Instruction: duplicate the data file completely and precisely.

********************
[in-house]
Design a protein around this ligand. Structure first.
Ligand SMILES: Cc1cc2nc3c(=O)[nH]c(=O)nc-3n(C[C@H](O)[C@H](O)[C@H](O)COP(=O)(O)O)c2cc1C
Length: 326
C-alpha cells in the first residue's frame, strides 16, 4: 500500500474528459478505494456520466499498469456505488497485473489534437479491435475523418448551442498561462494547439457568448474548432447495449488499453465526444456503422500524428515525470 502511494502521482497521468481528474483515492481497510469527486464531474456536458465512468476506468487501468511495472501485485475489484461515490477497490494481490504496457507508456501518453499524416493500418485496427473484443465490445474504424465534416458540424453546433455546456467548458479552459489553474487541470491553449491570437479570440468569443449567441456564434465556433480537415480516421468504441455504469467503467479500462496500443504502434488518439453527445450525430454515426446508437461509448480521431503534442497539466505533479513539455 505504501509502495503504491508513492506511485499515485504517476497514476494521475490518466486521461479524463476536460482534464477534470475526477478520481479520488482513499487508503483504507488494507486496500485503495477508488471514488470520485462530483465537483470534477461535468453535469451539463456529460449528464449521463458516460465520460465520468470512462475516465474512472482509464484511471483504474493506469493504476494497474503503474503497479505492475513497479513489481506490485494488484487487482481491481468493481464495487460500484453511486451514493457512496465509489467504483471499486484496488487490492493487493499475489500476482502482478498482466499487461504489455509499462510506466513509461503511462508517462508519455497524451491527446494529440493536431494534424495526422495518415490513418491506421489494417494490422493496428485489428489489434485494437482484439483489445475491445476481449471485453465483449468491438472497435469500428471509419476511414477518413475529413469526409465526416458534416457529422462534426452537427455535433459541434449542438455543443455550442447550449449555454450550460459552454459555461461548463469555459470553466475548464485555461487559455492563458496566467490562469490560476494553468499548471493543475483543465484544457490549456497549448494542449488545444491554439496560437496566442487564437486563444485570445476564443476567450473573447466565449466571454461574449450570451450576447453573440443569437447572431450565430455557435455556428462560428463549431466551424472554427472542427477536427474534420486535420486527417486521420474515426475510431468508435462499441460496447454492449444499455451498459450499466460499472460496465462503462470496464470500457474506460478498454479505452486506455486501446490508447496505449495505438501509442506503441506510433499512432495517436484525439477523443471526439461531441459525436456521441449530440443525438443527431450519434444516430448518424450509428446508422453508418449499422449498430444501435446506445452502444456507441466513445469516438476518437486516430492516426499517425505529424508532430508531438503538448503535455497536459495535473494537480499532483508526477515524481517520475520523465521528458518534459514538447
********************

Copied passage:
[in-house]
Design a protein around this ligand. Structure first.
Ligand SMILES: Cc1cc2nc3c(=O)[nH]c(=O)nc-3n(C[C@H](O)[C@H](O)[C@H](O)COP(=O)(O)O)c2cc1C
Length: 326
C-alpha cells in the first residue's frame, strides 16, 4: 500500500474528459478505494456520466499498469456505488497485473489534437479491435475523418448551442498561462494547439457568448474548432447495449488499453465526444456503422500524428515525470 502511494502521482497521468481528474483515492481497510469527486464531474456536458465512468476506468487501468511495472501485485475489484461515490477497490494481490504496457507508456501518453499524416493500418485496427473484443465490445474504424465534416458540424453546433455546456467548458479552459489553474487541470491553449491570437479570440468569443449567441456564434465556433480537415480516421468504441455504469467503467479500462496500443504502434488518439453527445450525430454515426446508437461509448480521431503534442497539466505533479513539455 505504501509502495503504491508513492506511485499515485504517476497514476494521475490518466486521461479524463476536460482534464477534470475526477478520481479520488482513499487508503483504507488494507486496500485503495477508488471514488470520485462530483465537483470534477461535468453535469451539463456529460449528464449521463458516460465520460465520468470512462475516465474512472482509464484511471483504474493506469493504476494497474503503474503497479505492475513497479513489481506490485494488484487487482481491481468493481464495487460500484453511486451514493457512496465509489467504483471499486484496488487490492493487493499475489500476482502482478498482466499487461504489455509499462510506466513509461503511462508517462508519455497524451491527446494529440493536431494534424495526422495518415490513418491506421489494417494490422493496428485489428489489434485494437482484439483489445475491445476481449471485453465483449468491438472497435469500428471509419476511414477518413475529413469526409465526416458534416457529422462534426452537427455535433459541434449542438455543443455550442447550449449555454450550460459552454459555461461548463469555459470553466475548464485555461487559455492563458496566467490562469490560476494553468499548471493543475483543465484544457490549456497549448494542449488545444491554439496560437496566442487564437486563444485570445476564443476567450473573447466565449466571454461574449450570451450576447453573440443569437447572431450565430455557435455556428462560428463549431466551424472554427472542427477536427474534420486535420486527417486521420474515426475510431468508435462499441460496447454492449444499455451498459450499466460499472460496465462503462470496464470500457474506460478498454479505452486506455486501446490508447496505449495505438501509442506503441506510433499512432495517436484525439477523443471526439461531441459525436456521441449530440443525438443527431450519434444516430448518424450509428446508422453508418449499422449498430444501435446506445452502444456507441466513445469516438476518437486516430492516426499517425505529424508532430508531438503538448503535455497536459495535473494537480499532483508526477515524481517520475520523465521528458518534459514538447